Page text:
Research Fund Denmark grants millions for green transition

Monday 02 Nov 20
by Marianne Vang Ryde


Cathrine Frandsen
DTU Physics
+45 45 25 31 67


Nini Pryds
Head of Section, Professor
DTU Energy
+45 46 77 57 52


Tejs Vegge
Professor, Head of Section
DTU Energy
+45 45 25 82 01
See press release from the Independent Research Fund Denmark describing all the supported projects.
17 green research projects at DTU receive a total of DKK 98 million from the Independent Research Fund Denmark.

The Independent Research Fund Denmark has awarded DKK 333 million to 65 research projects in the field of green conversion. The funds are intended to ensure new original ideas and research breakthroughs in the fields of climate, nature, and the environment.

The foundation received 452 applications from all parts of the Danish research world, and 65 projects made it through the eye of the needle—17 of them from DTU. The projects range widely from storing wind and solar energy and developing sustainable concrete to designing a road pricing system.

Three projects have each been awarded close to DKK 12 million.

Professor Cathrine Frandsen, DTU Physics, receives support for the project Electrified thermal water splitting by entropy-controlled materials design (E-T-Water):

In a fossil-free future, the most important sustainable energy sources—solar and wind—come in the form of electricity. However, these energy sources fluctuate over time, and it is therefore necessary to find solutions for storing energy in the form of chemicals and fuels to ensure a complete green transition. Furthermore, not everything can be electrified, and we must therefore still be able to produce the many chemical compounds currently produced from fossil resources.

Splitting water into hydrogen and oxygen is the first important step in almost all electrically powered production of fuels and chemicals. This can be done by electrolysis, but significant energy loss is still associated with this technology. This project will examine a new cyclical process in which the splitting of water is driven by electrified heating—either by resistance heating of the reactor or by induction.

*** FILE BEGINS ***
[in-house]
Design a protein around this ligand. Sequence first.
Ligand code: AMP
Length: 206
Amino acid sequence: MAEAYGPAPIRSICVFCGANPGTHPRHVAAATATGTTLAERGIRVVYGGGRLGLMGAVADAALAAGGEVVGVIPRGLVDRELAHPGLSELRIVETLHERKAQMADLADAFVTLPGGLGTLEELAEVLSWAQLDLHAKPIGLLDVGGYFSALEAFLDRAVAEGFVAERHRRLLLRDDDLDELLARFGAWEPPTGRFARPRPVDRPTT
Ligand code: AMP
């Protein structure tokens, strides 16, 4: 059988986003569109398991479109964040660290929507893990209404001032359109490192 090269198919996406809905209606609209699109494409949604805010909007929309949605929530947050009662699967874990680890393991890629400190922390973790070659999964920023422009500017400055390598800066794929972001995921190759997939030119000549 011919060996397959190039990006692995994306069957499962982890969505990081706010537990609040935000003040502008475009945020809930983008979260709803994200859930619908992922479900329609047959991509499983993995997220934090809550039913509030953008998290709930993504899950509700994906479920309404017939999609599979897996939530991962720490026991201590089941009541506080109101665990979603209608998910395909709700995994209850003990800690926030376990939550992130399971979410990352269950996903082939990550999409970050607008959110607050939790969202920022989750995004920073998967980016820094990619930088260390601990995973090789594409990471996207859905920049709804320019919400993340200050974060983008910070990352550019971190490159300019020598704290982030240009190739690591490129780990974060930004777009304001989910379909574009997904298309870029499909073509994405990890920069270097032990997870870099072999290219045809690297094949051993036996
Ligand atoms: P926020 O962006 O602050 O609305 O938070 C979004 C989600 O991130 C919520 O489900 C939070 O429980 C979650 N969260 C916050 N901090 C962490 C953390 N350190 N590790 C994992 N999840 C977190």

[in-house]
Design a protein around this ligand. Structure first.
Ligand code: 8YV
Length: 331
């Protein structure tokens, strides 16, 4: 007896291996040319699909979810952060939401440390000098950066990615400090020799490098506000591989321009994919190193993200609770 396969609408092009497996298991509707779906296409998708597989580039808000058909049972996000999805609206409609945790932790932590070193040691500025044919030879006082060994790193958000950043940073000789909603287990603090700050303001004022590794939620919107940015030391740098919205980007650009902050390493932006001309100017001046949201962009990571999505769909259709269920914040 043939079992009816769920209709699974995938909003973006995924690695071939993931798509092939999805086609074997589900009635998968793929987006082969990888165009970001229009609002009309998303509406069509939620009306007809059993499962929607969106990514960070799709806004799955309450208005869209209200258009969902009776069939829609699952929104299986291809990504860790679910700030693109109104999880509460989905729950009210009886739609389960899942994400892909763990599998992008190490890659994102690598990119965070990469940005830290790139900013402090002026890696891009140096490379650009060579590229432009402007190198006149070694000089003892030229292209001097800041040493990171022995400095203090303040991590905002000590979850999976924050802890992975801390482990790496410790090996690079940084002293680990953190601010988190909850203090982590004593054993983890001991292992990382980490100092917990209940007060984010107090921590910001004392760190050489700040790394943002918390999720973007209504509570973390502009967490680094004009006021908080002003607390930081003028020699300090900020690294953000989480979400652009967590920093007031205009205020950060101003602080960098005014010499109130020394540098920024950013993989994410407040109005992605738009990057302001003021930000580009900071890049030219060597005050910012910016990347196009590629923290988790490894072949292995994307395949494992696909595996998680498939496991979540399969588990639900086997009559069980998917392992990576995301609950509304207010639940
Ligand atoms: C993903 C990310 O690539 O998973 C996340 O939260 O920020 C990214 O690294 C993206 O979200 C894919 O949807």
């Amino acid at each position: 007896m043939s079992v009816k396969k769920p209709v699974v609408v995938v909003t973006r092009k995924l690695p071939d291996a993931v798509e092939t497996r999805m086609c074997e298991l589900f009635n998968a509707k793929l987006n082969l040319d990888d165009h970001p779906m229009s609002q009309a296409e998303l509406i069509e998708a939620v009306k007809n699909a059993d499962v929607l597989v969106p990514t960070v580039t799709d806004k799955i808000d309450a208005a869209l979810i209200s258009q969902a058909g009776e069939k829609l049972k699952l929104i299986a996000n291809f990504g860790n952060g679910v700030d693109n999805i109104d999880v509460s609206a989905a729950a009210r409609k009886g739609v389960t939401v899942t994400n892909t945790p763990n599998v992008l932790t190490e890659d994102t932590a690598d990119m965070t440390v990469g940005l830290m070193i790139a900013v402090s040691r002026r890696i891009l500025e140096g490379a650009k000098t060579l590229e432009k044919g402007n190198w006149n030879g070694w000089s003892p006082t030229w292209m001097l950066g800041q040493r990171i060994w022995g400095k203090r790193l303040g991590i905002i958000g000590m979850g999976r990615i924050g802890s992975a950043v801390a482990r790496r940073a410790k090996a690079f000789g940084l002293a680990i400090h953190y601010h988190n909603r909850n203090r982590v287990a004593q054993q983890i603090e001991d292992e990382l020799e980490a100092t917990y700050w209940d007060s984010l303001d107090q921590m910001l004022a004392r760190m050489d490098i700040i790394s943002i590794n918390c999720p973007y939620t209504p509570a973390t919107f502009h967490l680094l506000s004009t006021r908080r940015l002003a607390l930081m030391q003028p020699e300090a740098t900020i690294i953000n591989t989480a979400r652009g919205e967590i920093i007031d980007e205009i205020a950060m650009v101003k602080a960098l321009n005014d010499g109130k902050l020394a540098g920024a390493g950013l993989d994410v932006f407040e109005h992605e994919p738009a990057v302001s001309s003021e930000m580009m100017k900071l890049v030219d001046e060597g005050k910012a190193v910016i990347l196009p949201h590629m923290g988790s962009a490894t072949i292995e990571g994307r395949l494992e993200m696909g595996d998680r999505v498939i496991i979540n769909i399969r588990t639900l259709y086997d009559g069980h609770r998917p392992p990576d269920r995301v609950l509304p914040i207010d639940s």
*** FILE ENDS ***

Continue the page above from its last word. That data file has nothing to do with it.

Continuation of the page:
At the same time, we will design materials that are able to split water and produce hydrogen and oxygen as a by-product when operating cyclically between two temperatures.

Professor Nini Pryds, DTU Energy, receives support for the project Powering Internet of Things with Ambient Solutions (PIloT):

The Internet of Things (IoT) is considered one of the five technologies that will change the world and create a huge market by 2025. To do so, however, it will take a breakthrough in microenergy harvesting and storage technologies to meet the growing need for autonomous wireless sensor nodes (WSN).

The PIloT project aims to power these IoT nodal points from ubiquitous heat and light sources using nano-enabled microenergy systems with a footprint of less than one cubic centimetre. Using groundbreaking concepts from the new Nanoionics and Iontronics disciplines that deal with the complex interaction between electrons and nanoscale ions, the project will develop a radically new family of solid microenergy sources capable of harvesting and storing energy at the same time.

Professor Tejs Vegge, DTU Energy, receives support for the DELIGHT project: DEep LearnIng Green cHemical caTalysis:

Nitrogenase enzymes are biological catalysts capable of converting nitrogen into ammonia at normal pressure and temperature. However, despite more than 100 years of intense research and three Nobel Prizes, humanity still relies on the so-called Haber-Bosch process which takes place at high pressure and high temperature to sustain an ever-growing global population.

No combination of experimental techniques and computer calculations has been able to capture the intricate dynamics of the complex interplay between the structure and properties of the catalyst and the enzyme. The DELIGHT project proposes a data-centred approach that is able to bridge electronic structural calculations, experiments, and machine learning.

This method will transform the ‘reverse engineering’ of biocatalysts and pave the way for the rapid discovery of green inorganic catalysts embedded in artificial machine learning-designed structures of ionic fluids, leading to improved activity, stability, and non-natural functionalities.

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